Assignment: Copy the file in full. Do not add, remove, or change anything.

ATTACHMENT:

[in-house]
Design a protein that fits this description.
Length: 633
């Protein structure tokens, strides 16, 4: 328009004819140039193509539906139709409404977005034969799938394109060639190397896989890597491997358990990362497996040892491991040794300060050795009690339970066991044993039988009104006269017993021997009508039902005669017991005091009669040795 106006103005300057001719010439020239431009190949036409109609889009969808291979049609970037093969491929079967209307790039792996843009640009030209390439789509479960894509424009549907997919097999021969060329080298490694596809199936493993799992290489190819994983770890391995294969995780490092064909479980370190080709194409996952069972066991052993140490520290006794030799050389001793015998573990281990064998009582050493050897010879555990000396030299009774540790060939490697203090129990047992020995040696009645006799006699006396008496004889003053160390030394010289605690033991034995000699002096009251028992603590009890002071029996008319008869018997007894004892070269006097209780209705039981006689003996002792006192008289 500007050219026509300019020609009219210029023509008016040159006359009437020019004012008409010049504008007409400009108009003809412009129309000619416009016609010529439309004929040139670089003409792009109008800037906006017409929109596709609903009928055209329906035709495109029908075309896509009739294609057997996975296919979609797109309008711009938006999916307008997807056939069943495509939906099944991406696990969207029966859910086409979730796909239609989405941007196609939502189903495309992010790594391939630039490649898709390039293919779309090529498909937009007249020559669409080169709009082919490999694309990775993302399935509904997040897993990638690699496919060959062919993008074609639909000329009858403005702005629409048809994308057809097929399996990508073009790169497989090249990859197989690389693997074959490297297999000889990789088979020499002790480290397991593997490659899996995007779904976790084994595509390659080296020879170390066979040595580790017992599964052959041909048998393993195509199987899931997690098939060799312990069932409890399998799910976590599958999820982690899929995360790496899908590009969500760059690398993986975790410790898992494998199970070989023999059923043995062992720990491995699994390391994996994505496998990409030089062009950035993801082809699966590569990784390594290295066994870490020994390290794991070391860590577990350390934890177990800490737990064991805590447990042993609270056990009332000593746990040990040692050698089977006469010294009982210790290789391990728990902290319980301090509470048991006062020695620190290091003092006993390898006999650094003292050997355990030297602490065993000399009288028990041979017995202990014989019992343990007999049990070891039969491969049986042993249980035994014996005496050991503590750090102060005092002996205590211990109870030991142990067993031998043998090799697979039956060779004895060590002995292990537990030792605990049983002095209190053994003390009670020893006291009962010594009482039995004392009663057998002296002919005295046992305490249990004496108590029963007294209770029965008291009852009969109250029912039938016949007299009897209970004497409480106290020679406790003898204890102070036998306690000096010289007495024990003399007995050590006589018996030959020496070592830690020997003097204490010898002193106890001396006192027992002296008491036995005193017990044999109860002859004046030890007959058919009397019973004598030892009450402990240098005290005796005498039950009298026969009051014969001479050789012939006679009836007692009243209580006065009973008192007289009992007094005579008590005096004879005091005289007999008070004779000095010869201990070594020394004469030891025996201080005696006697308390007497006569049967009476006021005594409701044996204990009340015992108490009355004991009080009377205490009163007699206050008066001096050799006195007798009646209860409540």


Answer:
[in-house]
Design a protein that fits this description.
Length: 633
């Protein structure tokens, strides 16, 4: 328009004819140039193509539906139709409404977005034969799938394109060639190397896989890597491997358990990362497996040892491991040794300060050795009690339970066991044993039988009104006269017993021997009508039902005669017991005091009669040795 106006103005300057001719010439020239431009190949036409109609889009969808291979049609970037093969491929079967209307790039792996843009640009030209390439789509479960894509424009549907997919097999021969060329080298490694596809199936493993799992290489190819994983770890391995294969995780490092064909479980370190080709194409996952069972066991052993140490520290006794030799050389001793015998573990281990064998009582050493050897010879555990000396030299009774540790060939490697203090129990047992020995040696009645006799006699006396008496004889003053160390030394010289605690033991034995000699002096009251028992603590009890002071029996008319008869018997007894004892070269006097209780209705039981006689003996002792006192008289 500007050219026509300019020609009219210029023509008016040159006359009437020019004012008409010049504008007409400009108009003809412009129309000619416009016609010529439309004929040139670089003409792009109008800037906006017409929109596709609903009928055209329906035709495109029908075309896509009739294609057997996975296919979609797109309008711009938006999916307008997807056939069943495509939906099944991406696990969207029966859910086409979730796909239609989405941007196609939502189903495309992010790594391939630039490649898709390039293919779309090529498909937009007249020559669409080169709009082919490999694309990775993302399935509904997040897993990638690699496919060959062919993008074609639909000329009858403005702005629409048809994308057809097929399996990508073009790169497989090249990859197989690389693997074959490297297999000889990789088979020499002790480290397991593997490659899996995007779904976790084994595509390659080296020879170390066979040595580790017992599964052959041909048998393993195509199987899931997690098939060799312990069932409890399998799910976590599958999820982690899929995360790496899908590009969500760059690398993986975790410790898992494998199970070989023999059923043995062992720990491995699994390391994996994505496998990409030089062009950035993801082809699966590569990784390594290295066994870490020994390290794991070391860590577990350390934890177990800490737990064991805590447990042993609270056990009332000593746990040990040692050698089977006469010294009982210790290789391990728990902290319980301090509470048991006062020695620190290091003092006993390898006999650094003292050997355990030297602490065993000399009288028990041979017995202990014989019992343990007999049990070891039969491969049986042993249980035994014996005496050991503590750090102060005092002996205590211990109870030991142990067993031998043998090799697979039956060779004895060590002995292990537990030792605990049983002095209190053994003390009670020893006291009962010594009482039995004392009663057998002296002919005295046992305490249990004496108590029963007294209770029965008291009852009969109250029912039938016949007299009897209970004497409480106290020679406790003898204890102070036998306690000096010289007495024990003399007995050590006589018996030959020496070592830690020997003097204490010898002193106890001396006192027992002296008491036995005193017990044999109860002859004046030890007959058919009397019973004598030892009450402990240098005290005796005498039950009298026969009051014969001479050789012939006679009836007692009243209580006065009973008192007289009992007094005579008590005096004879005091005289007999008070004779000095010869201990070594020394004469030891025996201080005696006697308390007497006569049967009476006021005594409701044996204990009340015992108490009355004991009080009377205490009163007699206050008066001096050799006195007798009646209860409540």